Stockman: Global 'Mania' in Government Bonds is Veering Toward Disaster

The world's central banks have managed to brew up a "planet-wide mania" in government bonds that are trading at dangerous negative yields and could lead to a meltdown, according to David Stockman, White House budget chief in the Reagan administration.

Stockman said the level of complacency in world financial markets is "downright astounding — even stupid."

He cited data from BlackRock Investment Institute and Thomson Reuters that there are now $5.3 trillion in government bonds trading at negative yields, mostly in Europe, with already-low U.S. Treasury yield levels being pushed lower by the strength of the dollar.

"The central banks are just mechanically and blindly pushing on a string of monetary expansion that is levitating not the main street economy but only financial asset prices in the canyons of Wall Street," Stockman wrote on his Contra Corner blog.

This article showed up on the newsmax.com Internet site at 6:40 a.m. EDT on Thursday morning---and I thank West Virginia reader Elliot Simon for sharing it with us.

Marc Faber: 'Global Economy is Weakening'

The global economic picture isn't bright, and central banks are largely to blame, says Marc Faber, publisher of the Gloom, Boom & Doom Report.

"The global economy is not strengthening. It is weakening," he told CNBC. "China is weakening. The U.S. economic statistics recently have been on the weak side."

China's economy grew 7 percent in the first quarter, its worst showing in 6 years, and the Atlanta Federal Reserve's forecasting model shows growth of only 0.1 percent for U.S. GDP last quarter.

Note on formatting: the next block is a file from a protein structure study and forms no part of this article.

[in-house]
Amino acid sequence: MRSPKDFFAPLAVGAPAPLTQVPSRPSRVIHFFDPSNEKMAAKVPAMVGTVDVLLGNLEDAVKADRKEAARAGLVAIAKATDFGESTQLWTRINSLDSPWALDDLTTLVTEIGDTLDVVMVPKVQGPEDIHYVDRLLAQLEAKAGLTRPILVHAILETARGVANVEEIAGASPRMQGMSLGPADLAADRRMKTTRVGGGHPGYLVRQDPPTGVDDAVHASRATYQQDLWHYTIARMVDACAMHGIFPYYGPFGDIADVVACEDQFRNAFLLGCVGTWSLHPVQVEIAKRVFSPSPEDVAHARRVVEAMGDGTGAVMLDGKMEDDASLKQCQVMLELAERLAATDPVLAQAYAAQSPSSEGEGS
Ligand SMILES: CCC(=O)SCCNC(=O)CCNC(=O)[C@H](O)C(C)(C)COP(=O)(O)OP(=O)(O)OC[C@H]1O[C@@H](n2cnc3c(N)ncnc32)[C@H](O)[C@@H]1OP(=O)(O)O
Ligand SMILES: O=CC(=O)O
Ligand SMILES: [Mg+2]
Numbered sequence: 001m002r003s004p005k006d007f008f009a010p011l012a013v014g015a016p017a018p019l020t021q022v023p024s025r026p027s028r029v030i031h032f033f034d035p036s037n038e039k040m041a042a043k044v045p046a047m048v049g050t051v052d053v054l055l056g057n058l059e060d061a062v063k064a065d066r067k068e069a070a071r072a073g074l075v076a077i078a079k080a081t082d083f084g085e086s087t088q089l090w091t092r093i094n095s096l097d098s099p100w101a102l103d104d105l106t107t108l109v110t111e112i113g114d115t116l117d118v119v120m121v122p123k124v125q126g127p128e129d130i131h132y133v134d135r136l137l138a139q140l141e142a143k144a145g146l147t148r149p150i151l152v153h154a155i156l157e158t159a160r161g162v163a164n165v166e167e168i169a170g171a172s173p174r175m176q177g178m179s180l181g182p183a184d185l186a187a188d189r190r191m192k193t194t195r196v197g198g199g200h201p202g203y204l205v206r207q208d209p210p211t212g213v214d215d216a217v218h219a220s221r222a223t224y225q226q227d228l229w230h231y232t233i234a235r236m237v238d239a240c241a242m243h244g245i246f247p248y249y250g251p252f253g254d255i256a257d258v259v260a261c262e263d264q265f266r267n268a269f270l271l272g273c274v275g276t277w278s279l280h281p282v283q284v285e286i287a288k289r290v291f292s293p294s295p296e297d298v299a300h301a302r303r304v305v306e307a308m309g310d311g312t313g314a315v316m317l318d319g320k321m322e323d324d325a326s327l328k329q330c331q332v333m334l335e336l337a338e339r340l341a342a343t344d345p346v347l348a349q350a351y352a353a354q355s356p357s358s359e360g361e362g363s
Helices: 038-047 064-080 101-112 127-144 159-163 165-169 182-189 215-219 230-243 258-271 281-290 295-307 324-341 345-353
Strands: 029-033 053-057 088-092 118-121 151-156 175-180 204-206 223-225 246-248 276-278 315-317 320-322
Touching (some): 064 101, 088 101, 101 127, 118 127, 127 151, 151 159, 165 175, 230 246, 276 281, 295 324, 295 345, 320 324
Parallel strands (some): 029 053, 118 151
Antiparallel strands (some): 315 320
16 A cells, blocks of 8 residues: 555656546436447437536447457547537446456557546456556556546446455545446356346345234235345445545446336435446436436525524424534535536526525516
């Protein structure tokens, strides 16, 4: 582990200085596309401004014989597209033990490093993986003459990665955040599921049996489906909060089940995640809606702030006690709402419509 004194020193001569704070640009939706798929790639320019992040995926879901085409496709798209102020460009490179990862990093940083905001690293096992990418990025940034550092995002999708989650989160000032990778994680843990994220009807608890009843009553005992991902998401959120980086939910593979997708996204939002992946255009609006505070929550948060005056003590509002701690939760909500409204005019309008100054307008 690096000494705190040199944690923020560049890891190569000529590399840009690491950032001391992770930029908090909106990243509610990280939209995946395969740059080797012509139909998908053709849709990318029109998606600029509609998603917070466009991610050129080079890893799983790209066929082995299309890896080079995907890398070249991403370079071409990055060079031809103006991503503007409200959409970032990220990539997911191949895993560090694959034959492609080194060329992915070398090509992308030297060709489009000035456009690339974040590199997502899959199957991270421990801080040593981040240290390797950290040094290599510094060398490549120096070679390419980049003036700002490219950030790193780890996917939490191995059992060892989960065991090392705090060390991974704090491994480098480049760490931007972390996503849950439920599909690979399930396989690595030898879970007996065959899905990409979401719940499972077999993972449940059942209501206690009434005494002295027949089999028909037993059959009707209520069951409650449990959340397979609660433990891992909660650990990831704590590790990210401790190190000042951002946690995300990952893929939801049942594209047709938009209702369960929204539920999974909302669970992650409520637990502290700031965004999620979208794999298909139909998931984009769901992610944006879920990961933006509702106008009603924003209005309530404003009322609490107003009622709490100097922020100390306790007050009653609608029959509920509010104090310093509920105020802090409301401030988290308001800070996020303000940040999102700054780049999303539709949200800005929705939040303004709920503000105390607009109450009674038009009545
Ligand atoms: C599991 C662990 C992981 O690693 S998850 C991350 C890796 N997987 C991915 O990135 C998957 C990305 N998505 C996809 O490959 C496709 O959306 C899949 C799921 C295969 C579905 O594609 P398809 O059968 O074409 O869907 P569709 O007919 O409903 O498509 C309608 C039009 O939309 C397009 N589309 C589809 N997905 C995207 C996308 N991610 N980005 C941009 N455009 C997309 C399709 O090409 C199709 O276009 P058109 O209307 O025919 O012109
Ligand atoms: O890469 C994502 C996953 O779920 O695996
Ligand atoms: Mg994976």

The Fed made a mistake in cutting short-term interest rates to almost zero, Faber argued. "The monetary policies as conducted by the Fed have created a lot of unaffordability in the system."

This is another story from the newsmax.com Internet site.  This one was posted there on Monday morning---and it's another story from Elliot Simon.

Oil slump may deepen as U.S. shale fights OPEC to a standstill

The U.S. shale industry has failed to crack as expected. North Sea oil drillers and high-cost producers off the coast of Africa are in dire straits, but America's "flexi-frackers" remain largely unruffled.

One starts to glimpse the extraordinary possibility that the U.S. oil industry could be the last one standing in a long and bitter price war for global market share, or may at least emerge as an energy superpower with greater political staying-power than OPEC.

It is 10 months since the global crude market buckled, turning into a full-blown rout in November when Saudi Arabia abandoned its role as the oil world's "Federal Reserve" and opted instead to drive out competitors.